14 Songs, 47 Minutes

EDITORS’ NOTES

Years of Refusal offers no huge surprises but still manages a few swift kicks of wit and wisdom that only Morrissey can deliver with a straight face. His song titles often set the tone. You can feel the put-down coming in something titled "You Were Good In Your Time" or "It's Not Your Birthday Anymore," and sure enough Morrissey teases and preens with his usual self-deprecating humor cutting through the tougher than usual guitar attack. As he ages, Moz is turning up the amps and the aggression, preferring pummeling guitar chords over a melodious jangle and only bringing in the synths to further firm up the sound. It's not a bludgeoning approach but for Morrissey it's definitely a sign of defiance. He isn't about to go quietly, despite the successful sensitivity of the even-paced "That's How People Grow Up." The orchestrated grandeur of "When I Last Spoke To Carol," the ephemeral pop gloss of "All You Need Is Me," and the pomp anthem of "Something Is Squeezing My Skull" all prove Morrissey's still a big kid at heart and in his head.

EDITORS’ NOTES

Years of Refusal offers no huge surprises but still manages a few swift kicks of wit and wisdom that only Morrissey can deliver with a straight face. His song titles often set the tone. You can feel the put-down coming in something titled "You Were Good In Your Time" or "It's Not Your Birthday Anymore," and sure enough Morrissey teases and preens with his usual self-deprecating humor cutting through the tougher than usual guitar attack. As he ages, Moz is turning up the amps and the aggression, preferring pummeling guitar chords over a melodious jangle and only bringing in the synths to further firm up the sound. It's not a bludgeoning approach but for Morrissey it's definitely a sign of defiance. He isn't about to go quietly, despite the successful sensitivity of the even-paced "That's How People Grow Up." The orchestrated grandeur of "When I Last Spoke To Carol," the ephemeral pop gloss of "All You Need Is Me," and the pomp anthem of "Something Is Squeezing My Skull" all prove Morrissey's still a big kid at heart and in his head.

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About Morrissey

A voice for angry outcasts and hopeless romantics alike, singer, songwriter, and former Smiths frontman Morrissey braids punk’s iconoclasm with a biting wit and a flamboyant sense of despair. Born Steven Morrissey in 1959 in Manchester, England, he went on to form The Smiths in his early twenties—a band whose blend of shimmering guitar pop and self-lacerating lyrics set the template for an incalculable number of left-of-center artists. You can hear it in everyone from Radiohead and Belle and Sebastian to the downcast heroes of emo and alt-rock—even Outkast’s André 3000 once said he wished he’d written The Smiths’ lush 1987 ballad “Last Night I Dreamt That Somebody Loved Me” himself. Morrissey’s solo career, which began in the late ’80s after the band’s acrimonious demise, has been just as fruitful—and built on his already-rabid cult following, particularly among Latino youths. Songs like “Everyday Is Like Sunday,” “There Is a Light That Never Goes Out,” and “Suedehead” use misery as a sort of security blanket, a defense against the traumas of giving one’s self over to real vulnerability. Despite being a consummate provocateur—over the years, he’s taken controversial stances all across the political spectrum—Morrissey has always managed to shrug off heavy feelings with lighthearted indifference, summing up his legacy as such to Melody Maker: “When they bury me in a church and chuck earth on my grave, I’d like the words ‘Well, at least he tried’ engraved on my tombstone.”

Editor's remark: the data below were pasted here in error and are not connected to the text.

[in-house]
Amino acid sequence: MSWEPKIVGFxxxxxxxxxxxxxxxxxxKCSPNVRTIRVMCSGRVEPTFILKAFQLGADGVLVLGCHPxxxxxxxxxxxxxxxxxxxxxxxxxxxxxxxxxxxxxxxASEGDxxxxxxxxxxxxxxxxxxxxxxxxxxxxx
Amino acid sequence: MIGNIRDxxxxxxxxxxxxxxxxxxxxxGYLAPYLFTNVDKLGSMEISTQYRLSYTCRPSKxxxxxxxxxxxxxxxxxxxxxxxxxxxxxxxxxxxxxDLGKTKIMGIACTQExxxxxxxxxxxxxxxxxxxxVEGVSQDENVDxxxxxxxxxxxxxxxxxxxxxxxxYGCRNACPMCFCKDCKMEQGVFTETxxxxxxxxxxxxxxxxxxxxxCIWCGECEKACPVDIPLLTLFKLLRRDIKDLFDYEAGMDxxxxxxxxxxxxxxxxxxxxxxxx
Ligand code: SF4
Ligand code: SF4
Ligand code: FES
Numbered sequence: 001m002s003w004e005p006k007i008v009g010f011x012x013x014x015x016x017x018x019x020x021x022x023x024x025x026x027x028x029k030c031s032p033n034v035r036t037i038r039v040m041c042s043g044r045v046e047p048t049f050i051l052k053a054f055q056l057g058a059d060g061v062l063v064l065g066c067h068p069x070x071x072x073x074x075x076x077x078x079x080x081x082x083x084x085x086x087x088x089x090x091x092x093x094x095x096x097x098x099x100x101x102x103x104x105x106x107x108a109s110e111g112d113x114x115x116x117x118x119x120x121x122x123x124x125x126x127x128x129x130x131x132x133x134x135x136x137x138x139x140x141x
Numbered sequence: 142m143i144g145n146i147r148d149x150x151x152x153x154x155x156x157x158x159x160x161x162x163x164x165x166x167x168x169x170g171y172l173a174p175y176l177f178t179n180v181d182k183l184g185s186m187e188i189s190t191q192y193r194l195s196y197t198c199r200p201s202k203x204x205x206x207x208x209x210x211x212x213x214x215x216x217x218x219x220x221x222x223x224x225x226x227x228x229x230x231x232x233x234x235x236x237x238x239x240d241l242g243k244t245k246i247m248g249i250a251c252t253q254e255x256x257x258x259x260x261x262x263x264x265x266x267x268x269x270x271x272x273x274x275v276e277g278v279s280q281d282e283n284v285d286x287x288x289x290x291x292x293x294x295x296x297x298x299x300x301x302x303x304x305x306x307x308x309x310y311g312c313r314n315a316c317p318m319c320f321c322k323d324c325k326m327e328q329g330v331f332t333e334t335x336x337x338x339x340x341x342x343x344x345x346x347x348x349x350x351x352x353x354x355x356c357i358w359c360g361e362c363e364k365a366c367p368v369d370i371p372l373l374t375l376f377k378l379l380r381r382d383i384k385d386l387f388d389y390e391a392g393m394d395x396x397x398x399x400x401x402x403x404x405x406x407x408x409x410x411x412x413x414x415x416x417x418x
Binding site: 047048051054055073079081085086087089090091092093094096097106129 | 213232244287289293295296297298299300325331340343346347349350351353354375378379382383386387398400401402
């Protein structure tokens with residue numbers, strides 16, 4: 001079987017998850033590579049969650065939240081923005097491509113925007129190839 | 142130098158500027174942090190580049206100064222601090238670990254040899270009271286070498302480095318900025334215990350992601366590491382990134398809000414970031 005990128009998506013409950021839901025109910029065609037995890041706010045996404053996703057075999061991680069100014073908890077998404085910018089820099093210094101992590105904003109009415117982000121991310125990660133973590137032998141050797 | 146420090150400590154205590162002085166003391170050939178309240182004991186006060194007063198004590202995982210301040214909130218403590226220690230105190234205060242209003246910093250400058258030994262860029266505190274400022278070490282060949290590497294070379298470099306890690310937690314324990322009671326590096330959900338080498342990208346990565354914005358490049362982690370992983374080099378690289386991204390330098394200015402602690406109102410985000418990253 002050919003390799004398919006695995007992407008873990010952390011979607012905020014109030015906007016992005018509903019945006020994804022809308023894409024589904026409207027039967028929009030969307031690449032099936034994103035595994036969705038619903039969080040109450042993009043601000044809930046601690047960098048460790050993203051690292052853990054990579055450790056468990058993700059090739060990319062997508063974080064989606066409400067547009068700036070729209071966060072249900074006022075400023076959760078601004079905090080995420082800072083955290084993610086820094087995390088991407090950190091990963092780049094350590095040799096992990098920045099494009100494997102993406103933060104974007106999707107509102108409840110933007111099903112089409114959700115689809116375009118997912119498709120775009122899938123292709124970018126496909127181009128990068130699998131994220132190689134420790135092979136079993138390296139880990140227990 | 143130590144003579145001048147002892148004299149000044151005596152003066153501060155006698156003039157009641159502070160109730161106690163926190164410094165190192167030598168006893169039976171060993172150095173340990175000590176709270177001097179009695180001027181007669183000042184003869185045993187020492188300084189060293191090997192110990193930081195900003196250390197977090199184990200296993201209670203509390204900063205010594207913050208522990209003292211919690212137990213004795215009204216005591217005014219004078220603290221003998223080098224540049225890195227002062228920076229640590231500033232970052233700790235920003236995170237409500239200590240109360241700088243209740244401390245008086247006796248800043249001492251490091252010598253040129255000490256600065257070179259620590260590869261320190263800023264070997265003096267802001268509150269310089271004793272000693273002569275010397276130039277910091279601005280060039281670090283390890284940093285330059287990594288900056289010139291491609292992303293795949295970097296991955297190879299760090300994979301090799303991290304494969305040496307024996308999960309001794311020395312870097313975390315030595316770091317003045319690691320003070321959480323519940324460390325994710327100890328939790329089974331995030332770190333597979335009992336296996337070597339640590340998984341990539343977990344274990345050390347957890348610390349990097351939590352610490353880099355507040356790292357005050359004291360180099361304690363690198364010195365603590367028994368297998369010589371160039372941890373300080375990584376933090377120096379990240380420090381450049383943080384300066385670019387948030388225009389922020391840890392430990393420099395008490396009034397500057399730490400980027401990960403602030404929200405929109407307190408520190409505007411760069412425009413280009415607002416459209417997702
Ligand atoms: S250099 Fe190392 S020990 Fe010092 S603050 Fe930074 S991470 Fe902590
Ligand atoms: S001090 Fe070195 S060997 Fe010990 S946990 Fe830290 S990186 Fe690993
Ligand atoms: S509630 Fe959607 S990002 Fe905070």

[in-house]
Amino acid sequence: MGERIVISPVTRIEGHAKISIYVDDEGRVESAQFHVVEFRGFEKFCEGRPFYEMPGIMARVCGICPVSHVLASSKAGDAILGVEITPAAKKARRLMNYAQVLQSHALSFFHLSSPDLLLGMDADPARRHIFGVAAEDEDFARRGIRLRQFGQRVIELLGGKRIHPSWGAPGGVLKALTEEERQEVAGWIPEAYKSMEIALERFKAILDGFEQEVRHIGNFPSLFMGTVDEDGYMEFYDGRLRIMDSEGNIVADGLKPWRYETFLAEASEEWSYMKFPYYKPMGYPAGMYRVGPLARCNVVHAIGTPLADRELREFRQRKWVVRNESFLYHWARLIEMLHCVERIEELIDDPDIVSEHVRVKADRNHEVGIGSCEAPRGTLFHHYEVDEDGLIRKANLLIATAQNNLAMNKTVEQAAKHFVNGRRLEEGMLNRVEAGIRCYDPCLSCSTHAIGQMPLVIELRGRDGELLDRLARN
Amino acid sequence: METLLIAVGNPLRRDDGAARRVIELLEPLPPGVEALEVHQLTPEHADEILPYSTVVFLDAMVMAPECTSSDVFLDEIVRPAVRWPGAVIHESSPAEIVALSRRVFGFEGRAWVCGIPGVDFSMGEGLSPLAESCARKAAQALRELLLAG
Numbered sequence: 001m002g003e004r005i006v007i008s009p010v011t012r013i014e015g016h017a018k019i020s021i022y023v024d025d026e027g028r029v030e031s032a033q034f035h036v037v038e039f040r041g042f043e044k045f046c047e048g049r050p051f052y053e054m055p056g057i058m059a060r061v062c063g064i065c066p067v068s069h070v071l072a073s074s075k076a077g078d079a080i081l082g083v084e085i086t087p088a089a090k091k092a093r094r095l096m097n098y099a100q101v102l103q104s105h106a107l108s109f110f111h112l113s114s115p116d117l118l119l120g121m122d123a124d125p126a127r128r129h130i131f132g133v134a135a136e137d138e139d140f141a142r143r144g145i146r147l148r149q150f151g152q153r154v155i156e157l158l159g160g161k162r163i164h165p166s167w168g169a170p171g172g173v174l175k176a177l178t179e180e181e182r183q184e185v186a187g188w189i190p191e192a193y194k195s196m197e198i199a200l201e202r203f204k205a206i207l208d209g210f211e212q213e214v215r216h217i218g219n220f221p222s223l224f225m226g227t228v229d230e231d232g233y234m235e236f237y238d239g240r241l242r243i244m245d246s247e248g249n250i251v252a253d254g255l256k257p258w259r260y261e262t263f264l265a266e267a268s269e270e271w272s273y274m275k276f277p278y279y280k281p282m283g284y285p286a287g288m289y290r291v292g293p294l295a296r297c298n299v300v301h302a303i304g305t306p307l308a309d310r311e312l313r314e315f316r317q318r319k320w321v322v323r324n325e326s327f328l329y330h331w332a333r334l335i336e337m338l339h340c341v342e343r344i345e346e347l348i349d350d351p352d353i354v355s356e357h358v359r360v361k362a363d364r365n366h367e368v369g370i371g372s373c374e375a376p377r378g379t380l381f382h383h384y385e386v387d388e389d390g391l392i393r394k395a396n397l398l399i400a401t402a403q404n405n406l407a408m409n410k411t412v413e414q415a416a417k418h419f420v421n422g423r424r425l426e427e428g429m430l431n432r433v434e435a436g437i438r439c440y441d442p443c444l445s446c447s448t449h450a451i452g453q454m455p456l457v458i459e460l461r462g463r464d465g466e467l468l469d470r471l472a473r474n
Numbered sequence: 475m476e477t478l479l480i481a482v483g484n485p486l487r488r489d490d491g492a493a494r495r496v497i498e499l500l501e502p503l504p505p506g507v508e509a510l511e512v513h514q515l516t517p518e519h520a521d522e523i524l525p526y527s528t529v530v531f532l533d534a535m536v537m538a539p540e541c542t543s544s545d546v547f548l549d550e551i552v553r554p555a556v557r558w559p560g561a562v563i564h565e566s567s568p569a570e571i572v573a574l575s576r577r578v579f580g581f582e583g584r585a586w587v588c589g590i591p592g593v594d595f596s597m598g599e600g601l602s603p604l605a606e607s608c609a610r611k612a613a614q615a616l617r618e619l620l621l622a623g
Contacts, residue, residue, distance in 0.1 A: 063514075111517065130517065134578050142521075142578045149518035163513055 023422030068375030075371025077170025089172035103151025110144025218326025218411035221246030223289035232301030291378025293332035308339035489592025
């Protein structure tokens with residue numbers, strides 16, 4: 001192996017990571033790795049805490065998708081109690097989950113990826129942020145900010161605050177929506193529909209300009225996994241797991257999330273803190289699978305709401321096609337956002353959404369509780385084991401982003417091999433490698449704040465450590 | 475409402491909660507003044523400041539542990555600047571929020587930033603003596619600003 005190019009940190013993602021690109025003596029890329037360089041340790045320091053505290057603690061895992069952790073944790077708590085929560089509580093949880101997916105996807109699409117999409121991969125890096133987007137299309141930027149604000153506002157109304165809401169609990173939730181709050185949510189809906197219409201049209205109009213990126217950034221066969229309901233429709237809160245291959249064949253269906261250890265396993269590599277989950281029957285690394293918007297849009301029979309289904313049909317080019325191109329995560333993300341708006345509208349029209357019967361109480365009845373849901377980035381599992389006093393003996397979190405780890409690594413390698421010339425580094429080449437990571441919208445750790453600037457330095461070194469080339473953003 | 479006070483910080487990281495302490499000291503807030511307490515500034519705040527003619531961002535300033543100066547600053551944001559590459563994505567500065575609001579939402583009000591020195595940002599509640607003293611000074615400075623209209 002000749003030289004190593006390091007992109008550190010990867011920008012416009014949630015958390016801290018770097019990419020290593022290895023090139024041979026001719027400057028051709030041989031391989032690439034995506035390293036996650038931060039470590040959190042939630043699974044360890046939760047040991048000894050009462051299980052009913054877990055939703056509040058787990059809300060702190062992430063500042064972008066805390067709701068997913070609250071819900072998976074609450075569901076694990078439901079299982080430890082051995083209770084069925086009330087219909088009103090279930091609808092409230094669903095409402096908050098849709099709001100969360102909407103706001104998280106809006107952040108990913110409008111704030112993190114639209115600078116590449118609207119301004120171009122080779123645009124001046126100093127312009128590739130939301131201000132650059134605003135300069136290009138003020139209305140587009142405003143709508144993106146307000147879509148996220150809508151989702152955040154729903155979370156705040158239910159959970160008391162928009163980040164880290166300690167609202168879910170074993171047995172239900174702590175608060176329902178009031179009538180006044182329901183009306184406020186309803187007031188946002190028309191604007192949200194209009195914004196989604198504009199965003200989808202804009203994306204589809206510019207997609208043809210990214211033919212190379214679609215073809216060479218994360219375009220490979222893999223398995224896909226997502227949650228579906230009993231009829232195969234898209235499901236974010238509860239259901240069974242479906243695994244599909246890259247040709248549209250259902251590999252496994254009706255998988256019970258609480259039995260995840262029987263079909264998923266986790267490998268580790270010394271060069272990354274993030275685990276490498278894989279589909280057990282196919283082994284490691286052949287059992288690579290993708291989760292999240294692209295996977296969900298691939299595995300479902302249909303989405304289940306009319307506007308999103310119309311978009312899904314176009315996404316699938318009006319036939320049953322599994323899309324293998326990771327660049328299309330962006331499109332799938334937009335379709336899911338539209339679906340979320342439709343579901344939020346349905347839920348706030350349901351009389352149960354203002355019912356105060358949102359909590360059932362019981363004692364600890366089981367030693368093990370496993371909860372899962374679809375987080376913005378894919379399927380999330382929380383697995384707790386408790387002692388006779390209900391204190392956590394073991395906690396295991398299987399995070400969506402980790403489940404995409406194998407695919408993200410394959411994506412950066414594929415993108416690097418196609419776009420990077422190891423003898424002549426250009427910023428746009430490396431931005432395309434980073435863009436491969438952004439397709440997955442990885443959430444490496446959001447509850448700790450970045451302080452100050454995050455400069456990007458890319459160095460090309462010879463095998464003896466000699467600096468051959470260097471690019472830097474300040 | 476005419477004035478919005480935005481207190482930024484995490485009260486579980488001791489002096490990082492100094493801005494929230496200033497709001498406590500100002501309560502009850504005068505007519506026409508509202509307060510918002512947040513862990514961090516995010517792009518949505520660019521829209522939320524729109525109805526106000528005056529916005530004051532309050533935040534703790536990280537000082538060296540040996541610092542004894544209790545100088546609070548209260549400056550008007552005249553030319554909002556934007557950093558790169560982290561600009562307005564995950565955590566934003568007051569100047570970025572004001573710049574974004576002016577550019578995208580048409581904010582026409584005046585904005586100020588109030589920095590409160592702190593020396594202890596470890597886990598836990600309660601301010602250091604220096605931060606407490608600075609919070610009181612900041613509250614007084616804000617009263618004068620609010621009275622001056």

HOMETOWN
Manchester, England
BORN
May 22, 1959

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